Cassini gets first close-up view of Saturn Hurricane
Nasa's Cassini spacecraft has given scientists their first close-up view of the gigantic hurricane spinning around Saturn's north pole.
According to Nasa, the hurricane's eye is about 2 000 kilometres wide, with the clouds on the hurricane's outer edge travelling at 150 meters per second in a hexagonal pattern.
"We did a double take when we saw this vortex because it looks so much like a hurricane on Earth," said Andrew Ingersoll, a Cassini imaging team member at the California Institute of Technology in Pasadena. "But there it is at Saturn, on a much larger scale, and it is somehow getting by on the small amounts of water vapour in Saturn's hydrogen atmosphere."
Scientists believe that the massive hurricane on Saturn has been churning for years, though when Cassini arrived at Saturn in 2004 the north pole was dark because the planet was in the middle of its northern winter.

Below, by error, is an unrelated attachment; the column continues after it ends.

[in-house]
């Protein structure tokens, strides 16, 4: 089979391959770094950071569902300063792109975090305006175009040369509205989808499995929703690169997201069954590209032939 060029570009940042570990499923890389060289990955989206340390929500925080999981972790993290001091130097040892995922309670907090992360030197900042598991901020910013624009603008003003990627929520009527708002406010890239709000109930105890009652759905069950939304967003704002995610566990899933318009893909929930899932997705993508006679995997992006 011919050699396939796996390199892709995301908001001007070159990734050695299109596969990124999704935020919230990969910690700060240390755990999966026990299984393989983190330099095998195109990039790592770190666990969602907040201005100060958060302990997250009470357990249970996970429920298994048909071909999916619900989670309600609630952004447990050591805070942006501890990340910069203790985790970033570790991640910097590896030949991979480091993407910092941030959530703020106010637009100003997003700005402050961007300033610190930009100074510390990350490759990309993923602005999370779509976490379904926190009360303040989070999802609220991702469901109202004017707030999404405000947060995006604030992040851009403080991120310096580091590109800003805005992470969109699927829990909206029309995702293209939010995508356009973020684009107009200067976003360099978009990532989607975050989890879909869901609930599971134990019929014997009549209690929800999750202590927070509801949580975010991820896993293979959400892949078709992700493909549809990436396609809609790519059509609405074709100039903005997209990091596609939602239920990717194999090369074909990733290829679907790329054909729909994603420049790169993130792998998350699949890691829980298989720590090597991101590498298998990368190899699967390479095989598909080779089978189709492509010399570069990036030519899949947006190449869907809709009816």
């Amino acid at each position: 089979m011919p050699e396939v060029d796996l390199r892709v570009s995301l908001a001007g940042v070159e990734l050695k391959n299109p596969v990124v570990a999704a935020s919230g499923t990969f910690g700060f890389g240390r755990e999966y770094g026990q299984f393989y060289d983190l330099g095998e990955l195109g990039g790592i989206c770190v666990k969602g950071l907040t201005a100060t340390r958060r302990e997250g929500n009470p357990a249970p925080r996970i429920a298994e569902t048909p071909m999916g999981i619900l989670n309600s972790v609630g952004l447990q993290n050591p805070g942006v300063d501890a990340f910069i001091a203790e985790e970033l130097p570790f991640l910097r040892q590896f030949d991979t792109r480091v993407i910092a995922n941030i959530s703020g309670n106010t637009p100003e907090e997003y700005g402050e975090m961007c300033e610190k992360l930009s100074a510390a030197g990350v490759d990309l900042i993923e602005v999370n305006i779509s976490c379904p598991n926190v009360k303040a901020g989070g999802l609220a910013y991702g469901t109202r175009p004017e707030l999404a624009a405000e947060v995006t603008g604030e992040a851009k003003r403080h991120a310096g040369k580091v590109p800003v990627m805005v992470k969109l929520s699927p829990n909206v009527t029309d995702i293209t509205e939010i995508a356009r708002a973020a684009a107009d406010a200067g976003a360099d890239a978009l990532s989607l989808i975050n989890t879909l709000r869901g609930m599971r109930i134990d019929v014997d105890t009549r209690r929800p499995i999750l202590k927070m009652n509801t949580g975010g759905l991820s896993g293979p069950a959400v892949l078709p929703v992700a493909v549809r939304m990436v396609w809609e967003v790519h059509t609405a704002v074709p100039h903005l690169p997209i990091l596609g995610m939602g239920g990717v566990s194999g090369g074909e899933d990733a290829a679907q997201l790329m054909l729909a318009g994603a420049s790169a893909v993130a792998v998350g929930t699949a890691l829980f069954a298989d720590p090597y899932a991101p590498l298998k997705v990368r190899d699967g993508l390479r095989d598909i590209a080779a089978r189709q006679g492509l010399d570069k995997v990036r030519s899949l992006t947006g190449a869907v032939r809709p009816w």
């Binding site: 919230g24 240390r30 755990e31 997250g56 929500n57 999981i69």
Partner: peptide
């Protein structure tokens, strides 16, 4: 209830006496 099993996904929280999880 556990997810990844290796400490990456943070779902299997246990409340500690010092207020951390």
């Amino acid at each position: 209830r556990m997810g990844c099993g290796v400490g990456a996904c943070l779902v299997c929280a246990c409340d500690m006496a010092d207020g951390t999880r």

While the spacecraft's composite infrared spectrometer and visual and infrared mapping spectrometer detected a great vortex, getting a visible light view of it had to wait until August of 2009. Cassini then had to change the angle of its orbit so it could see the poles.
Scott Edgington, Cassini deputy project scientist at NASA's Jet Propulsion Laboratory in Pasadena, California said; "You cannot see the polar regions very well from an equatorial orbit. Observing the planet from different vantage points reveals more about the cloud layers that cover the entirety of the planet."
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